Cornwall Revisited

St. Piran's Day

Mar 5

Other Scottish Country Dances for this Day

St. Piran's Day
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Today's Musings, History & Folklore

"Kernow, Kernow y keryn Kernow;
An mor hedre vo yn fos dhis a-dro
Th on onan hag oll rag Kernow!"

Cornwall, Cornwall, we love Cornwall;
For as long as the sea is a wall around you
We are one and all for Cornwall!

~ Bro Goth agan Tasow, the Cornish anthem

The Cornish language (Kernewek) is a Southwestern Brittonic language of the Celtic language family which became extinct as a first language in Cornwall in the late 18th century and is now undergoing a healthy revivification! Since its revival in the late 20th century, Cornish textbooks and works of literature have been published, and an increasing number of people are studying the language or being exposed to it through Cornish music, independent films, and children's books! As original Cornish literature and poetry in current publication, in recent years, a number of Cornish translations of popular literature are now available such as including Alice's Adventures in Wonderland, Around the World in Eighty Days, Treasure Island, The Railway Children, Hound of the Baskervilles, The War of the Worlds, The Wind in the Willows, A Christmas Carol, and The Hobbit! Happy St. Piran's Day! Gool Peran Lowen!

Cornwall Revisited

Happy St. Piran's Day, the national day of Cornwall, held on 5 March every year and named after one of the patron saints of Cornwall, Saint Piran, who is also the patron saint of tin miners.

 

Historically, culturally and linguistically, Cornwall has close ties to the Celtic lands of Wales, Brittany and Ireland.

The Celtic tribes who inhabited what is now known as Cornwall between the Iron Age and the Post-Roman period were called the Dumnonii and Cornovii.

 

The name Cornwall is thought to derive from tribe Cornovii. However, in Old English, the language was also spoken by the Saxons, and the Cornish were often referred to as 'Westwalas' (West Welsh).  Constant warring with the Saxons resulted in a formal boundary between the Cornish and Saxons, marked by the River Tamar in 936.  But even long after this boundary fell, the Cornish retained their distinct heritage.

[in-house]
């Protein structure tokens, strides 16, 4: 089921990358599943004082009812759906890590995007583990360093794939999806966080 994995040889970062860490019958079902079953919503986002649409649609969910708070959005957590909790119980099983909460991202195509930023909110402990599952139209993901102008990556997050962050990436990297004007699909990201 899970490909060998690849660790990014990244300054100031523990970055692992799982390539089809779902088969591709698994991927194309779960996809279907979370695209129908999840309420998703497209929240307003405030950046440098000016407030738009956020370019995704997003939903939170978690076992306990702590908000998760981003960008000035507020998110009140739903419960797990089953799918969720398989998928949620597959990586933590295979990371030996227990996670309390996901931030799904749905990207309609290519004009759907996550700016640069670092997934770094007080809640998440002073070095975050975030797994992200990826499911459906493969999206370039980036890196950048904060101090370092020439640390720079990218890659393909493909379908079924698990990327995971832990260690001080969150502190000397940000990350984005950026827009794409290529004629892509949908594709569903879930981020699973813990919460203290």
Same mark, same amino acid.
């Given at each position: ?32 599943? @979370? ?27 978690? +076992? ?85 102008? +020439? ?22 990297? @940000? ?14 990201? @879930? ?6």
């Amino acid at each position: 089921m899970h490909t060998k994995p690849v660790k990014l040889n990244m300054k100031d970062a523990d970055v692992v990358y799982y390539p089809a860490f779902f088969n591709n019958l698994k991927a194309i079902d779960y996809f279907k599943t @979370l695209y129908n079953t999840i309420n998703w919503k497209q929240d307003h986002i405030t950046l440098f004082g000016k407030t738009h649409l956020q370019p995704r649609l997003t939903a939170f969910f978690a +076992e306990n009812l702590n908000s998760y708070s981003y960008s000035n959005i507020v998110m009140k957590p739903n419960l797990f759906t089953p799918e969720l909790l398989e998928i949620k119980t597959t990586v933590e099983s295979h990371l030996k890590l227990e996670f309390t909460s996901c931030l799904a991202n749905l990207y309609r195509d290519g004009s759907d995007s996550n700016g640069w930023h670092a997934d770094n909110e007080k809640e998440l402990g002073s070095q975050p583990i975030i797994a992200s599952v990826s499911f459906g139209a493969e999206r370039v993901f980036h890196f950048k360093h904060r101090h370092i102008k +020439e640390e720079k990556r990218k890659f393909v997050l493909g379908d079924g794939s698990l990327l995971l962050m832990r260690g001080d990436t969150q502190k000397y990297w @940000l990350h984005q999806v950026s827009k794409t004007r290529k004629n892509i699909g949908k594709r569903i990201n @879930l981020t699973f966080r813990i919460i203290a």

The Cornish language, similar to Welsh and Breton, shares the English alphabet, but unlike Welsh or Breton, Cornish does not use letters that include two characters such as Ll and Ch.

The Cornish language which had been going into a decline is now experiencing a revival, supported by Cornwall County Council which has recently put in place a strategy to help revive the language, which includes bilingual signage, encouraging nurseries and primary schools to teach it and helping to stage Cornish language events. 

Additionally, Cornwall’s biggest music festival, Boardmasters, also well as the Cornish Folk Festival also helps promote the language, with newer musicians and groups including songs and musical tracks including Cornish. 

For more on the Cornish Language, click the engraved portrait of Dorothy Pentreath, otherwise Dolly Pentreath, of Paul near Mousehole, Cornwall (c. 1692-1777), the last known native speaker of the Cornish language.

Cornwall Revisited
Cornwall Revisited

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The majority of dance descriptions referenced on this site have been taken from the

 

Scottish Country Dancing Dictionary or the

Scottish Country Dancing Database 

 

Snapshots of dance descriptions are provided as an overview only.  As updates may have occurred, please click the dance description to be forwarded to a printable dance description or one of the official reference sources.

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